Silkworm cared, and didn’t/wouldn’t fudge. The emotional heft of the performances always registered first, but the playing was full of jarring, chaotic moments that aren’t the results of the mere “chops.” Guitarist Andy Cohen and bassist Tim Midgett wrote separately, and each sang what he wrote, but they shared a sense of gravity. Sometimes direct, some- times utterly cryptic, it didn’t have much to do with typical notions of singer-songwriterly “craftmanship.”
A notoriously self-reliant band, Silkworm swelled its ranks considerably on Italian Platinum (originally released in 2002). Kelly Hogan (solo, The Pine Valley Cosmonauts) contributed backing vocals on several tracks and sang the hell out of “Young,” an outsized ballad that has no precise equivalent in the band’s catalog. And Matt Kadane (Bedhead, The New Year) became the band’s quasi-official keyboardist, troubling the waters with an organ bed here, a glowing piano line there, a greasy clavinet solo on “White Lightning.”
Still, Cohen, Midgett, and drummer Michael Dahlquist (who did get to sing now and then) remained at the core of Italian Platinum. You can hear their damn- everything confidence as individual musicians in the drum fills that stagger through “Bourbon Beard,” the Neil-Young-meets-Andy-Gill guitar solo that plays havoc with the chords of “(I Hope U) Don’t Survive,” or the polluted, swaggering baritone guitar on “Dirty Air.” With each record, Silkworm were committed to pushing harder against what they knew they could do. Symbiosis defined this band, and you’re better off hearing for yourself.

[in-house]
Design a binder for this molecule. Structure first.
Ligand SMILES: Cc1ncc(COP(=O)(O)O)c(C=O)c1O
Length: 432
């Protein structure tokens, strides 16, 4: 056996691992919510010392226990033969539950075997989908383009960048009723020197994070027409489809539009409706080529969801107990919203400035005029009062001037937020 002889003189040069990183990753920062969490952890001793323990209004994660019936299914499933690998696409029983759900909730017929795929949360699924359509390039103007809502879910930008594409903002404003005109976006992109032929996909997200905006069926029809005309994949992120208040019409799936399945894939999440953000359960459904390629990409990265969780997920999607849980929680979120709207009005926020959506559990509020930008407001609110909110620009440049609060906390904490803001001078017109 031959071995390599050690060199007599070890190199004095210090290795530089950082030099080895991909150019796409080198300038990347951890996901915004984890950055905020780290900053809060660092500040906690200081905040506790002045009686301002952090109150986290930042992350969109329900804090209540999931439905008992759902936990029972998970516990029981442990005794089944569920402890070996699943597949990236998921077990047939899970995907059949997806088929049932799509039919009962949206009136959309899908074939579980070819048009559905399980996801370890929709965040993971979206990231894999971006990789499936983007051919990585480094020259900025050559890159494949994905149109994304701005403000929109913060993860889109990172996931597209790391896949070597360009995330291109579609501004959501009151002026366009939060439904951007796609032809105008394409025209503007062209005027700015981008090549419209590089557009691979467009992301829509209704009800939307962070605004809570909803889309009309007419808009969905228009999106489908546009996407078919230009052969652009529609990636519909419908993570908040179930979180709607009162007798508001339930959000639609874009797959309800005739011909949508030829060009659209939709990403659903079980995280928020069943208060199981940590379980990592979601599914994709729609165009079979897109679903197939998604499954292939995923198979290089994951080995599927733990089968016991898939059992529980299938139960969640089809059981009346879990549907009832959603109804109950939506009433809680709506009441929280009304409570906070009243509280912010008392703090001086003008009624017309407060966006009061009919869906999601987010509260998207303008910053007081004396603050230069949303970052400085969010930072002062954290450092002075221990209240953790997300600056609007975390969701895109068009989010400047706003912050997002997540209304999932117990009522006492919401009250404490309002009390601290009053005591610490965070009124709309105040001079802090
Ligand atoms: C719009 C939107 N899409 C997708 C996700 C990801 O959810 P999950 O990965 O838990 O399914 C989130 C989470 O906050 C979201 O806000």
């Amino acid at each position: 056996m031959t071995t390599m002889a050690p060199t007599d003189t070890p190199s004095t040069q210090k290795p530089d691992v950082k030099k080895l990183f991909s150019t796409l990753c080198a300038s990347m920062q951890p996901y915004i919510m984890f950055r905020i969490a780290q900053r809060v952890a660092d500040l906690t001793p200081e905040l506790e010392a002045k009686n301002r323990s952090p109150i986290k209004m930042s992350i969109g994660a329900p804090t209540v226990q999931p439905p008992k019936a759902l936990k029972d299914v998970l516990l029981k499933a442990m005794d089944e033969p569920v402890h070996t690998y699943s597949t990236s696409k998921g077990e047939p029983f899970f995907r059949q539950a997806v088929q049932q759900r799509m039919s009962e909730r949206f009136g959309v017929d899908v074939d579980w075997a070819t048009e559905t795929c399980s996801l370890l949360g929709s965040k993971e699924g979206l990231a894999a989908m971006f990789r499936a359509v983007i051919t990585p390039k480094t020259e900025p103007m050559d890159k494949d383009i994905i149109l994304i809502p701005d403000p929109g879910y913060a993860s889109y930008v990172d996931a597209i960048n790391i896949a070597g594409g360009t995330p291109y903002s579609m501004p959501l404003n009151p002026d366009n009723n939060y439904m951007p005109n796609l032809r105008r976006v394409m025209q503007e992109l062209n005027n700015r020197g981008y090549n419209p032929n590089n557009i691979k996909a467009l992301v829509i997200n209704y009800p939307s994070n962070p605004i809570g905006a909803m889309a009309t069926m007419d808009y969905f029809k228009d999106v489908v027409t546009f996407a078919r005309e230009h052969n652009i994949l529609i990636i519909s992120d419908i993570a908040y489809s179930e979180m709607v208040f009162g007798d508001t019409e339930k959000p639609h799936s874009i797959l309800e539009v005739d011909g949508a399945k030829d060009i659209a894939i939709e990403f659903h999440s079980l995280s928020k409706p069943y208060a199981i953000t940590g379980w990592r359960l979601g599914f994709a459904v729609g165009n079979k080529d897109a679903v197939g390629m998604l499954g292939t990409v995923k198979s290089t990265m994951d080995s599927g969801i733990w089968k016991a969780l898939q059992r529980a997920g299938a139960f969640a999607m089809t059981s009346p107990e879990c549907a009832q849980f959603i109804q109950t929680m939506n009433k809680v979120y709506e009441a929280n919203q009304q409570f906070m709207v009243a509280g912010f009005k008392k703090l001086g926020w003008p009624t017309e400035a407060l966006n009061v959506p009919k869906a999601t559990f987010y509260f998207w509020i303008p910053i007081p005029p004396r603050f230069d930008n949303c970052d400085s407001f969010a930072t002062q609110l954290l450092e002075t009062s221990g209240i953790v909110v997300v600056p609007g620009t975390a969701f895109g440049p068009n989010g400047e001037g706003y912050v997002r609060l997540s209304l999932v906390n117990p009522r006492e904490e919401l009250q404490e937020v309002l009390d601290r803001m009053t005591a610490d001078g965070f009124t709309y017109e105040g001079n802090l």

This new pressing of "Italian Platinum" is on red vinyl, has updated jacket art to distinguish it from the original 2002 album and comes with a download code.
(I Hope U) Don't Survive
The Old You
Is She A Sign
A Cockfight Of Feelings
"If Silkworm were a new band consisting of well-dressed New Yorkers, it might be touted as the next big thing. As it is, the group consists mainly of casually dressed Midwesterners... Still, Silkworm’s splintered guitar lines and perplexing songwriting should appeal to fans of postpunk acts like the Strokes, the French Kicks, and Interpol." – The New York Times
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